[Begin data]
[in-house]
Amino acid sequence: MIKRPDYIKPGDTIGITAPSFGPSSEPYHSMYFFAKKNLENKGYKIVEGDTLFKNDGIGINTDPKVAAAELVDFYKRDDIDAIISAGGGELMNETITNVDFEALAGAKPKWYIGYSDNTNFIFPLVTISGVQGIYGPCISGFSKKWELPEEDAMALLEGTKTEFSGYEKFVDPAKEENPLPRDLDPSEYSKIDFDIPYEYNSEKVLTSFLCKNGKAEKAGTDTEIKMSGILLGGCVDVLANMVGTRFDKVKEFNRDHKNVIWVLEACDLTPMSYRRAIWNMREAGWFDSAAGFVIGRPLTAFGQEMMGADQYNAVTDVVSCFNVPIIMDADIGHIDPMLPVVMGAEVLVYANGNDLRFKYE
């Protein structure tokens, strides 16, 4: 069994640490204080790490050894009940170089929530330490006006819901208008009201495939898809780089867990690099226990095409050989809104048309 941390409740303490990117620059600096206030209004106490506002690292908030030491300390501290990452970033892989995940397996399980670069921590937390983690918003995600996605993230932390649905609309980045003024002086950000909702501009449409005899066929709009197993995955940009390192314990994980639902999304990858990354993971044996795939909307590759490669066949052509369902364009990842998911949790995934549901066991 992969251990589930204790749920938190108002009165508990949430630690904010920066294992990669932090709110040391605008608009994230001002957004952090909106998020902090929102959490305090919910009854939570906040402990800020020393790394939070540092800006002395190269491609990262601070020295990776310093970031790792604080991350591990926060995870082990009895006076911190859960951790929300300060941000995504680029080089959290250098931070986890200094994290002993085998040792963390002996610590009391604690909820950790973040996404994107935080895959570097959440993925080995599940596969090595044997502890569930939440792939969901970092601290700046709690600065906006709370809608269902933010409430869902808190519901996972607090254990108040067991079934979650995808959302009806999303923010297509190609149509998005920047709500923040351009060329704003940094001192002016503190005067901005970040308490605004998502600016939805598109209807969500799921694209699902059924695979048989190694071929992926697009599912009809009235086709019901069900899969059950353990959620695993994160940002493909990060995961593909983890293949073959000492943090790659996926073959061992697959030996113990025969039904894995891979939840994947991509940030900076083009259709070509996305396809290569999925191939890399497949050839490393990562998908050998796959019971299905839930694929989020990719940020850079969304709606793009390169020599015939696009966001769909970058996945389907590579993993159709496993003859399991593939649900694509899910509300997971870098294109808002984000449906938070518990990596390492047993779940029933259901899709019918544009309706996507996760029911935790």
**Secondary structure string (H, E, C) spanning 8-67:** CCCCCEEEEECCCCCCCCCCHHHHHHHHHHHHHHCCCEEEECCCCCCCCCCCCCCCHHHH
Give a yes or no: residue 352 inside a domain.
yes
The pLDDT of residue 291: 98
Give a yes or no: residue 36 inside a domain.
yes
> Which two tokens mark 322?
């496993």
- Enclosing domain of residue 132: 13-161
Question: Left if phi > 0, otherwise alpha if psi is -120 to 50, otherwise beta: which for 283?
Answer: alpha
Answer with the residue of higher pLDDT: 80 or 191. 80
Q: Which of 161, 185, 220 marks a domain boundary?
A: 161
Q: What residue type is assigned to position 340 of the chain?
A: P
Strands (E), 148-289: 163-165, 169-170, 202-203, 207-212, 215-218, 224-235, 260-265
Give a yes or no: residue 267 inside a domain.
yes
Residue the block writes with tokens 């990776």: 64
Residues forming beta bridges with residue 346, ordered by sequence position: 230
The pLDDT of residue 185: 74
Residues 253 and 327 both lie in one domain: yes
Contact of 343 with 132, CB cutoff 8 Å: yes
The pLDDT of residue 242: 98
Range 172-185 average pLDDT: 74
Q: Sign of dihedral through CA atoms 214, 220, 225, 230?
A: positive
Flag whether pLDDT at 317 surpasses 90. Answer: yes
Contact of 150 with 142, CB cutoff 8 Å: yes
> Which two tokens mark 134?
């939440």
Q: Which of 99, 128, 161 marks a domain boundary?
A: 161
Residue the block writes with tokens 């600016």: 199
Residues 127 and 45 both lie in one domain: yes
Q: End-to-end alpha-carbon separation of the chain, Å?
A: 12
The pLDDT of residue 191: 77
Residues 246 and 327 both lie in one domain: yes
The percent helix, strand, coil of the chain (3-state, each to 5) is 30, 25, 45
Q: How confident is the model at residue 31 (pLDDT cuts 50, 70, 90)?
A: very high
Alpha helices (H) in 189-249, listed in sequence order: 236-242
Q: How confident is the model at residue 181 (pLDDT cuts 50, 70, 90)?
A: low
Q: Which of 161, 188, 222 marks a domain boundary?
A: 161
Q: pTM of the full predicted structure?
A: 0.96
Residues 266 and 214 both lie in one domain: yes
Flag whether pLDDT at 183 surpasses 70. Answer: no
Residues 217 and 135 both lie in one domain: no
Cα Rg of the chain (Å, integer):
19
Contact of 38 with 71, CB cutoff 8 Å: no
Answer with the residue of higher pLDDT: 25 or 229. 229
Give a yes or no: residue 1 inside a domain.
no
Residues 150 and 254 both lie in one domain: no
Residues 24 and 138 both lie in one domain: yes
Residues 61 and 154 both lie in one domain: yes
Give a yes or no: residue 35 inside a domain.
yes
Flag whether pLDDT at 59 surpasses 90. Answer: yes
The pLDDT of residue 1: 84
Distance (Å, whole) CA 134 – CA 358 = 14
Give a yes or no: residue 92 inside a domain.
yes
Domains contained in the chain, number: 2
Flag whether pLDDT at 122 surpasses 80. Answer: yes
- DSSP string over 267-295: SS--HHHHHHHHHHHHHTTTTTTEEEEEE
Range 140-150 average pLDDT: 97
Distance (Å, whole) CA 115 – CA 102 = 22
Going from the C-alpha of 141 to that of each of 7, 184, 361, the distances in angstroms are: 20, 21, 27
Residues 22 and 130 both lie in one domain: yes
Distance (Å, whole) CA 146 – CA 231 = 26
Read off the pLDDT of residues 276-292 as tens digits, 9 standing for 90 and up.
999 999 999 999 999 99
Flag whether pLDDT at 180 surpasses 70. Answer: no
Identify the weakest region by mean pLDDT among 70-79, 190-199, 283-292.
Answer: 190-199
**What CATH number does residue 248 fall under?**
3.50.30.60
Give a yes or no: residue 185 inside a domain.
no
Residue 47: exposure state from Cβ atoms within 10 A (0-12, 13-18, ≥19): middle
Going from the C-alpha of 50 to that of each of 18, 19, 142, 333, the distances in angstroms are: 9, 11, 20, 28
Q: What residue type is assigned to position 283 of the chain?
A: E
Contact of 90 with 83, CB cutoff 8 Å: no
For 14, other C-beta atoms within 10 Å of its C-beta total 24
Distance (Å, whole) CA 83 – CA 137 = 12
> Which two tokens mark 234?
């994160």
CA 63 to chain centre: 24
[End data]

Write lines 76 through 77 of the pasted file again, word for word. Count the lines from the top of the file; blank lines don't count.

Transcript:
Range 140-150 average pLDDT: 97
Distance (Å, whole) CA 115 – CA 102 = 22